Student - March 6, 2008

Bacteria cause anaemia in African children

Doctors in Africa often fail to notice that many young children have serious anaemia because they have a bacterial infection. An international team of researchers, including Wageningen nutritionists, have published their findings in the New England Journal of Medicine.

The researchers studied a group of eleven hundred children under six in Malawi for a period of two years. ‘The Wageningen role consisted mainly of measuring the level of nutrients in serum,’ says Paul Hulshof of the department of Human Nutrition.

Anaemia is still an important cause of death of children in Africa. Doctors describe anaemia as when the red blood cells have too little haemoglobin to supply the body with sufficient oxygen. They usually treat the problem by giving children extra iron or examining whether they have malaria.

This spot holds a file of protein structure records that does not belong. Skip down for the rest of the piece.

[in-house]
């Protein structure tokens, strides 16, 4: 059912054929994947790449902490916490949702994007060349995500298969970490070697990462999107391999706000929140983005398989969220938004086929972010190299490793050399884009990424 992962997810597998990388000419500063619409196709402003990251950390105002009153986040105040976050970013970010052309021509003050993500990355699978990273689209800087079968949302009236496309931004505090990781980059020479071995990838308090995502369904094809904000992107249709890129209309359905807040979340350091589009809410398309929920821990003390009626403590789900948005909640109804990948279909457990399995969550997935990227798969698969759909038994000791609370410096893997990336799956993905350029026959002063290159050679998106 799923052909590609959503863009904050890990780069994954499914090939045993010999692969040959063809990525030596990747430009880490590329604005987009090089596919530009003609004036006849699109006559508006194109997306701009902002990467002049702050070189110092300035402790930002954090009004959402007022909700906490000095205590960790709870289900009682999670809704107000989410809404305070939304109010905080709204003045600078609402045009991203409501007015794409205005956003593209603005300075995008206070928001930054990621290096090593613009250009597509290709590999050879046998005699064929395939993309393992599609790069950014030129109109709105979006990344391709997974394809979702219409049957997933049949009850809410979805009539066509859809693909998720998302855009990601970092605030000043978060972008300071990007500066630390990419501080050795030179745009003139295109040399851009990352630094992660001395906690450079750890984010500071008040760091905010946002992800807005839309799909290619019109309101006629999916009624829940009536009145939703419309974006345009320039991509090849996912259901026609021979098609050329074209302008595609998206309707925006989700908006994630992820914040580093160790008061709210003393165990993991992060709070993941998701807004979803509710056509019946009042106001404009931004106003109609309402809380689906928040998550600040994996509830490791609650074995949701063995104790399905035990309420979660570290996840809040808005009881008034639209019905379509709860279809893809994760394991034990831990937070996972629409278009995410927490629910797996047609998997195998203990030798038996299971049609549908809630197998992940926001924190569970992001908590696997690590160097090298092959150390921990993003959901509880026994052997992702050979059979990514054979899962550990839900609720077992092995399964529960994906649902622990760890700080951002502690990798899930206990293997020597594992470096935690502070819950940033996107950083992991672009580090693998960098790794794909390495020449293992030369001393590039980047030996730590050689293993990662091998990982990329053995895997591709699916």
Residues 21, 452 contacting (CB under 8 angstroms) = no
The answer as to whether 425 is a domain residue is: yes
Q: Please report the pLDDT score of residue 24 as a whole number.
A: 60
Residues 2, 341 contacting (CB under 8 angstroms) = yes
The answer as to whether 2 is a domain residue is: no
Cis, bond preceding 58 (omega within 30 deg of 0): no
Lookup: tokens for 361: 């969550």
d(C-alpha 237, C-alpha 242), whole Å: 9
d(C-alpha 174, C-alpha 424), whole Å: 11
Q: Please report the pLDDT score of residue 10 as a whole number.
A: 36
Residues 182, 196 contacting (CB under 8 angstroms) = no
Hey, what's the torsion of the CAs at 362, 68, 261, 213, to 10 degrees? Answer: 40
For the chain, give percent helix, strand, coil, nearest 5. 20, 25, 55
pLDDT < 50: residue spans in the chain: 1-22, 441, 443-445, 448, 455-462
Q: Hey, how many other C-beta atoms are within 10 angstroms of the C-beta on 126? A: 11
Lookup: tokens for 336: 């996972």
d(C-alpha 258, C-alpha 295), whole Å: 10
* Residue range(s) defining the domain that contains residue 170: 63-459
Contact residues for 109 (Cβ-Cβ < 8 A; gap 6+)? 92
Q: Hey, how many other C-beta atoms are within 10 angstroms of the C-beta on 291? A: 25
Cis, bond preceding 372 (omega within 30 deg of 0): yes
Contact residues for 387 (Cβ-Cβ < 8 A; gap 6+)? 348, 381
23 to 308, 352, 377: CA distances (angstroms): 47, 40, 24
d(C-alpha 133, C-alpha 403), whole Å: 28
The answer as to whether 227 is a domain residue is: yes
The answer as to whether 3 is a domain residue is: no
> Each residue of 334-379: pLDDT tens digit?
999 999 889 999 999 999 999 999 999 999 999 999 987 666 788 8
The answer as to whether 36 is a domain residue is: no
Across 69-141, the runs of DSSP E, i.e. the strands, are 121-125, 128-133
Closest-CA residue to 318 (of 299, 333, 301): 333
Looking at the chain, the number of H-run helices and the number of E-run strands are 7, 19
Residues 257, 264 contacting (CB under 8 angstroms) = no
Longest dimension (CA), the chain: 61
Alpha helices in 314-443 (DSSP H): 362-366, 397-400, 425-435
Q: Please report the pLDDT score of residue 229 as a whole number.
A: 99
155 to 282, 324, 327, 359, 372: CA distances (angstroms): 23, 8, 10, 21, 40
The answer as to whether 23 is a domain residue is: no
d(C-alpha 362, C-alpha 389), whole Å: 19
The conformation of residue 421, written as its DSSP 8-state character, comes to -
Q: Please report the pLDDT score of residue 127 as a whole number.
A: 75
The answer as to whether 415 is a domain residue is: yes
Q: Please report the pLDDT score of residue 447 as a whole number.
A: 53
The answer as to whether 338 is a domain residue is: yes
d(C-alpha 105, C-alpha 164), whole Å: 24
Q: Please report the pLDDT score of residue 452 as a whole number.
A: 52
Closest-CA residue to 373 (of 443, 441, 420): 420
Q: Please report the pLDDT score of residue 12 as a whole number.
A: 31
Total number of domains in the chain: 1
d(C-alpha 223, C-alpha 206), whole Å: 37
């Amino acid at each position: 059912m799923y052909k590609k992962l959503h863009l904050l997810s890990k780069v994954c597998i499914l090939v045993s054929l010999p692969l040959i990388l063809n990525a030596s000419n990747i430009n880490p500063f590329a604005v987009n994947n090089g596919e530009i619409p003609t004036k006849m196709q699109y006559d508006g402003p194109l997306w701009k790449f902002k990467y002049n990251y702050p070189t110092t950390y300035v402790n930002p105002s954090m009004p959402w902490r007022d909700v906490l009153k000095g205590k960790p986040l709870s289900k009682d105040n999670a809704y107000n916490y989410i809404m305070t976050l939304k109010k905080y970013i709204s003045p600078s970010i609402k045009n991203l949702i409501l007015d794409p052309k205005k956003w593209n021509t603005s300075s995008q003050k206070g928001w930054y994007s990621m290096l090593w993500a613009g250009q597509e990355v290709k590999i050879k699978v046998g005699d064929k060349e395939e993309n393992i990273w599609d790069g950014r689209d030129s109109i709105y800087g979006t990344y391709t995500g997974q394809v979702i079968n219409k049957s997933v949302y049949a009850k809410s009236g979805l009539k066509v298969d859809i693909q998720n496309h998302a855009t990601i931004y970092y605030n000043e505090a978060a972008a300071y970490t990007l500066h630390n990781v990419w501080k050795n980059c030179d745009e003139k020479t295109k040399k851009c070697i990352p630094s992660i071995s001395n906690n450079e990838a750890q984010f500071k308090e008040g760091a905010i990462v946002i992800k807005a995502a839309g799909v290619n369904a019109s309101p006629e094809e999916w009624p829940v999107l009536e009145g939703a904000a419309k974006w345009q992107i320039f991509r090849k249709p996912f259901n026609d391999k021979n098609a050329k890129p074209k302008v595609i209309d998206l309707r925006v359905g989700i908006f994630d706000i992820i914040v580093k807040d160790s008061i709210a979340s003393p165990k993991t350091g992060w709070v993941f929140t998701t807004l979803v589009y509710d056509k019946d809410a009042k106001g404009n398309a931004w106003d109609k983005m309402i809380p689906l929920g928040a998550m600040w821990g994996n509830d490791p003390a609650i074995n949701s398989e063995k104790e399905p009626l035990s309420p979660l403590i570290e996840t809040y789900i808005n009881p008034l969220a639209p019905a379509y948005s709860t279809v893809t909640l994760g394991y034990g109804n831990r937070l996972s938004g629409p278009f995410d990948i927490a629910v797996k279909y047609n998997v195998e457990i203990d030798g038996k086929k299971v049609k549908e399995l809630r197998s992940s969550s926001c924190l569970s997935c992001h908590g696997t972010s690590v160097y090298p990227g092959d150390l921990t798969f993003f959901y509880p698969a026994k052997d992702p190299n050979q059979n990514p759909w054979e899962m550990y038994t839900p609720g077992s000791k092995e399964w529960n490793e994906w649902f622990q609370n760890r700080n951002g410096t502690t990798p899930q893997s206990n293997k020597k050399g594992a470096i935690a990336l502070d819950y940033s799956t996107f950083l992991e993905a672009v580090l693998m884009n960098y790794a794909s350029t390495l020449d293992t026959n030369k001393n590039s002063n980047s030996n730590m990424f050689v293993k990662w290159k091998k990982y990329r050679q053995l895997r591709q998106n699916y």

The researchers discovered that in Malawi, however, an iron deficiency paradoxically offers some protection against serious anaemia. They think that the low amount of iron delays the growth of virulent bacteria in the body. On the other hand, a serious bacterial infection, such as salmonella, increases the chance of anaemia.

Other factors noted in the study that increase the risk of anaemia include HIV, hookworm infection, vitamin A and B12 deficiency, and hereditary abnormalities.

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